Friday 9 of December, 2022
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Q & A With France's Benzema

In this exclusive interview sponsored by Adidas, super striker Karim Benzema talks about finally playing for France in the World Cup, his friendship with Zidane and his training under Mourinho.

Staff Writer

After France's desperate showing at the 2010 World Cup in South Africa, which he didn't partake in, Real Madrid's Karim Benzema is now part of a French team that could go all the way this time around, after strolling past Nigeria in the round of 16. Before France's massive quater-final match up tonight against Germany, we speak to the prolific striker in this Adidas-sponsored interview to talk about patriotism, the coaches that have inspired him, and holidaying in Ibiza...

You went to Euro 2008, but missed out on the World Cup in South Africa in 2010. Does that disappointment make you want to make up for lost time in Brazil?

Of course it does. The experience at Euro 2008 was not a good one for France at all. I started a couple of games but we went out early, in the group stages, and it was frustrating. We didn’t get going at all, and it reminds you that you need to start well in every tournament, or it can be over before you feel like you are settled in. And it was also very difficult to not make the cut to go to the South African World Cup. Getting back in there for Euro 2012 was very important to me, but once again we didn’t do as well as we would have liked as a side at that tournament. But every footballer has setbacks and I think these have made me stronger and more determined.

Have you come back a better player?

I think I did, after the 2010 setback. It concentrates the mind and it makes you more determined to prove yourself. Now I want to prove myself in a big tournament and take my chance, because you don’t know how many chances you will get to play on the very biggest stage. This is the World Cup, it is massive, our whole country will be watching.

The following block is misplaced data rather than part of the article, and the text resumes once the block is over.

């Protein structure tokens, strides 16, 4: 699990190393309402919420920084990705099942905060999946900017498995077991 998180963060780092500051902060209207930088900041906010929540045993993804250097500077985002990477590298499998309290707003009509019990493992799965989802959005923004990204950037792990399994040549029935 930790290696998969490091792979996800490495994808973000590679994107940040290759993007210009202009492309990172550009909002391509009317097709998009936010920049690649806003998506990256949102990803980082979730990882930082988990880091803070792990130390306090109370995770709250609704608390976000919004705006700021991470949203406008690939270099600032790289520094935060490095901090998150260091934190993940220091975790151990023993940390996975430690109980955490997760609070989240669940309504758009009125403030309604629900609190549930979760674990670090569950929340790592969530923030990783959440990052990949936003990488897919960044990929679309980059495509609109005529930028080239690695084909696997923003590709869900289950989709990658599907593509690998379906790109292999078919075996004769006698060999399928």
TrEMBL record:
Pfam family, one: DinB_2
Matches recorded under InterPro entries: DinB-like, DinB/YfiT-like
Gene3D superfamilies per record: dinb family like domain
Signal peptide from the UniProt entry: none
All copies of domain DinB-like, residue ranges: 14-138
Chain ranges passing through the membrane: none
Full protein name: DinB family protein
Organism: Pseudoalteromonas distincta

How much of an honour is it to represent France?

It is the highest honour. I wear the shirt with real pride, always. And even when I was left out, I always wanted France to win, always supported my friends in the team and cheered for them. Now I want to use my abilities to really make a mark for France.

You’ve had a decent goalscoring run in a French shirt, despite the difficulties around tournaments…

Yes, since I made my debut in 2006 I have managed to make a good number of appearances, and score some goals, but it isn’t satisfying unless you are doing it in games that really count. I am very hungry to change that, it is my mission, and I think we can surprise people at this World Cup. We know we have the ability, we are a strong unit and there is a lot of ability running through this side.

France won the World Cup in 1998. What do you have to do to recapture the greatness of that side?

No two sides are ever exactly the same and you can’t just replicate a group of players. That team had Zinedine Zidane, Thierry Henry, Patrick Vieira, Laurent Blanc, Frank Le Boeuf, Marcel Desailly, some outstanding players. We need to find our own way. But that team did one thing when it won the Euros and the World Cup, which is to prove that France can produce the best players and compete with the best. That is something that every young French player can take to heart, and they can be an inspiration to us.